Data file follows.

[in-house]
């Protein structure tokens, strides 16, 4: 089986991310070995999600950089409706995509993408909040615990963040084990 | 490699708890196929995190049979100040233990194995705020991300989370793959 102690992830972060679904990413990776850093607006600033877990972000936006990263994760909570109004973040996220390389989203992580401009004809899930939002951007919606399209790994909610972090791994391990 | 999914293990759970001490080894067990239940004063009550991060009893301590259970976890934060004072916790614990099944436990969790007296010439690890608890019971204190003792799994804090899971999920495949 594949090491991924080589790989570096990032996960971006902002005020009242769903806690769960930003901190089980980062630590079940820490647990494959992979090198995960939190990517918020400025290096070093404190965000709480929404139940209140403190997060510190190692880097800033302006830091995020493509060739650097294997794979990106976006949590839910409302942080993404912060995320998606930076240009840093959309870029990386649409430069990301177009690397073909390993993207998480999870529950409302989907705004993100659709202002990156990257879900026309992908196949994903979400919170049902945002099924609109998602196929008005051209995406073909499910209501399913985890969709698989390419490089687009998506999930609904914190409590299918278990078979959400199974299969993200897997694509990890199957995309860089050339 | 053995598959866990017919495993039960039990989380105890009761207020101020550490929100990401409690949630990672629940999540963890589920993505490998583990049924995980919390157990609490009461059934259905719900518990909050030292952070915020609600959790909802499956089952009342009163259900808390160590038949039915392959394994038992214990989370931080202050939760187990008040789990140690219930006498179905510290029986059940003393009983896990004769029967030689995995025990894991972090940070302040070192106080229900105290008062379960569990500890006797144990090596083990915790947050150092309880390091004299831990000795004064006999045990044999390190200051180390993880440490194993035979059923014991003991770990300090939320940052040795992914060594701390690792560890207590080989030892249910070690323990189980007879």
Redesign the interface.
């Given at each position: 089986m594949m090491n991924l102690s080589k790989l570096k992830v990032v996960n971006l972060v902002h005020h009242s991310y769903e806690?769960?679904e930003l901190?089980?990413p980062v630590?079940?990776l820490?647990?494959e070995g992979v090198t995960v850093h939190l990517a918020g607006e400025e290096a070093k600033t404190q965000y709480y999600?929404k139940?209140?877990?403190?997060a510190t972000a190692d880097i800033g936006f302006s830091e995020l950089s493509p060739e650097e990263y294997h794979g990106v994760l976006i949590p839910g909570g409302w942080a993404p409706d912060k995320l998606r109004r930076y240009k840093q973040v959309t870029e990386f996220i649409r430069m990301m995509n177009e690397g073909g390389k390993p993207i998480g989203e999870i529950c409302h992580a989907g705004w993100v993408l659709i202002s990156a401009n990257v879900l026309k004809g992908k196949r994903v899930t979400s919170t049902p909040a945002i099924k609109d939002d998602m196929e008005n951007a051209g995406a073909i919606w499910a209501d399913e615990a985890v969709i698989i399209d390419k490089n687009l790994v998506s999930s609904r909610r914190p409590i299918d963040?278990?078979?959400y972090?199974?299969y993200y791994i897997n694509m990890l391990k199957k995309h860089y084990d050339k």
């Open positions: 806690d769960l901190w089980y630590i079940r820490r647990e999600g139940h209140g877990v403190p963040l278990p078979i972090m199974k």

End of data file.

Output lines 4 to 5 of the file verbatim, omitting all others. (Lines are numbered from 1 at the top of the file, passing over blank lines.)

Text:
């Given at each position: 089986m594949m090491n991924l102690s080589k790989l570096k992830v990032v996960n971006l972060v902002h005020h009242s991310y769903e806690?769960?679904e930003l901190?089980?990413p980062v630590?079940?990776l820490?647990?494959e070995g992979v090198t995960v850093h939190l990517a918020g607006e400025e290096a070093k600033t404190q965000y709480y999600?929404k139940?209140?877990?403190?997060a510190t972000a190692d880097i800033g936006f302006s830091e995020l950089s493509p060739e650097e990263y294997h794979g990106v994760l976006i949590p839910g909570g409302w942080a993404p409706d912060k995320l998606r109004r930076y240009k840093q973040v959309t870029e990386f996220i649409r430069m990301m995509n177009e690397g073909g390389k390993p993207i998480g989203e999870i529950c409302h992580a989907g705004w993100v993408l659709i202002s990156a401009n990257v879900l026309k004809g992908k196949r994903v899930t979400s919170t049902p909040a945002i099924k609109d939002d998602m196929e008005n951007a051209g995406a073909i919606w499910a209501d399913e615990a985890v969709i698989i399209d390419k490089n687009l790994v998506s999930s609904r909610r914190p409590i299918d963040?278990?078979?959400y972090?199974?299969y993200y791994i897997n694509m990890l391990k199957k995309h860089y084990d050339k």
């Open positions: 806690d769960l901190w089980y630590i079940r820490r647990e999600g139940h209140g877990v403190p963040l278990p078979i972090m199974k």